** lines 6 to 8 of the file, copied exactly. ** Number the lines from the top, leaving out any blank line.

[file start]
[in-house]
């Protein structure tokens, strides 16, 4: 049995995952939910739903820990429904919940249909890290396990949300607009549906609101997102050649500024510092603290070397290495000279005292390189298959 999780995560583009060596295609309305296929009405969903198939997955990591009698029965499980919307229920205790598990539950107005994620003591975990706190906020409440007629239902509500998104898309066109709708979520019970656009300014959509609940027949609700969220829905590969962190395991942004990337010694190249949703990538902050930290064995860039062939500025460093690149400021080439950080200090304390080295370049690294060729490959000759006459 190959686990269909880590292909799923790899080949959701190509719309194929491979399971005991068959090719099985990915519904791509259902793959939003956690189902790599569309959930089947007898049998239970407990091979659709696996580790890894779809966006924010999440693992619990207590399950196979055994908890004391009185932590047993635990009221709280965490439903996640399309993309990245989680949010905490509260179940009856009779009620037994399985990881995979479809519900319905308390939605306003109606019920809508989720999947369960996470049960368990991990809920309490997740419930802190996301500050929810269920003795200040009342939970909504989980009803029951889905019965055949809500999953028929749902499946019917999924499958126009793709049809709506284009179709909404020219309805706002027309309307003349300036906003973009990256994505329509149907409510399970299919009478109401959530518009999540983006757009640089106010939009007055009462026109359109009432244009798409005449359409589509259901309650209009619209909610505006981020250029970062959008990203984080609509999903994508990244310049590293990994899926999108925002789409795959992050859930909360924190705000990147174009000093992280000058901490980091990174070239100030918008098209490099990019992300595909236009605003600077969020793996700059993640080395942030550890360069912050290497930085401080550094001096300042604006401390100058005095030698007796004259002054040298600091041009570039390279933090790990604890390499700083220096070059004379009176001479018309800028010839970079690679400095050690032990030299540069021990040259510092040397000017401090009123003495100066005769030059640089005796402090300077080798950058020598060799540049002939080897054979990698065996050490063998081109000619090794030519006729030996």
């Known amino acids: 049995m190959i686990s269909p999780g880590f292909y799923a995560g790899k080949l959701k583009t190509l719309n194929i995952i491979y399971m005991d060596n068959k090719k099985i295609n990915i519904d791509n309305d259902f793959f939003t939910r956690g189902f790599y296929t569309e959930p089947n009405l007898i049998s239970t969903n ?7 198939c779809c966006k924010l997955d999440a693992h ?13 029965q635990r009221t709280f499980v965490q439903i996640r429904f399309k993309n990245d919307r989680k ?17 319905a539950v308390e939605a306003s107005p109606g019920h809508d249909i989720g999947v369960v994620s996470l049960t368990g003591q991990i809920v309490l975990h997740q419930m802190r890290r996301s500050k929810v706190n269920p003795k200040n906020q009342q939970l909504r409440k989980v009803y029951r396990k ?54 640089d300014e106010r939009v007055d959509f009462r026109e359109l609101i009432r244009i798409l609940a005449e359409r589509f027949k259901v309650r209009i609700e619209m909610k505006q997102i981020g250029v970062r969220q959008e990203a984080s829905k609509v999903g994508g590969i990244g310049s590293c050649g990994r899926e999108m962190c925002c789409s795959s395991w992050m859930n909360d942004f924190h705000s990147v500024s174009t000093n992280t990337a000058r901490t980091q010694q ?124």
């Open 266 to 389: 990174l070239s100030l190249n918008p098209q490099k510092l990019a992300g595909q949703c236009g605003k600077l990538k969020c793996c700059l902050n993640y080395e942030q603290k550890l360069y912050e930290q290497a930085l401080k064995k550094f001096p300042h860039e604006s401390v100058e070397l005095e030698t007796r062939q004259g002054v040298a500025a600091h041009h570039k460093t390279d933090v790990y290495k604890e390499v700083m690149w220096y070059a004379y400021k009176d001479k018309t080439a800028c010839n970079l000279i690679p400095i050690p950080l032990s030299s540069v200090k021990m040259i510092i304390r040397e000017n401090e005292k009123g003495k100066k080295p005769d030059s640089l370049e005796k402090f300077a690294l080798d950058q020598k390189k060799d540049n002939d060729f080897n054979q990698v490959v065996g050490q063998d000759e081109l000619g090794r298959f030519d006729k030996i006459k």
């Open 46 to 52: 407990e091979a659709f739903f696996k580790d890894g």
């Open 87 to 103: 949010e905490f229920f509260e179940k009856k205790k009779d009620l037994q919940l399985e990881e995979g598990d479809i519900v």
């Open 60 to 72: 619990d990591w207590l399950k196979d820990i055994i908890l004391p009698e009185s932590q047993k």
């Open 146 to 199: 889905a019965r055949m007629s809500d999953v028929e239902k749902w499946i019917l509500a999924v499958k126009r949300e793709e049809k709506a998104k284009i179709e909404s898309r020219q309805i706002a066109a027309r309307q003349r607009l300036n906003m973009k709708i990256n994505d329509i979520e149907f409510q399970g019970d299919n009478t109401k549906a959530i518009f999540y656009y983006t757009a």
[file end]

């Open 87 to 103: 949010e905490f229920f509260e179940k009856k205790k009779d009620l037994q919940l399985e990881e995979g598990d479809i519900v």
């Open 60 to 72: 619990d990591w207590l399950k196979d820990i055994i908890l004391p009698e009185s932590q047993k």
């Open 146 to 199: 889905a019965r055949m007629s809500d999953v028929e239902k749902w499946i019917l509500a999924v499958k126009r949300e793709e049809k709506a998104k284009i179709e909404s898309r020219q309805i706002a066109a027309r309307q003349r607009l300036n906003m973009k709708i990256n994505d329509i979520e149907f409510q399970g019970d299919n009478t109401k549906a959530i518009f999540y656009y983006t757009a």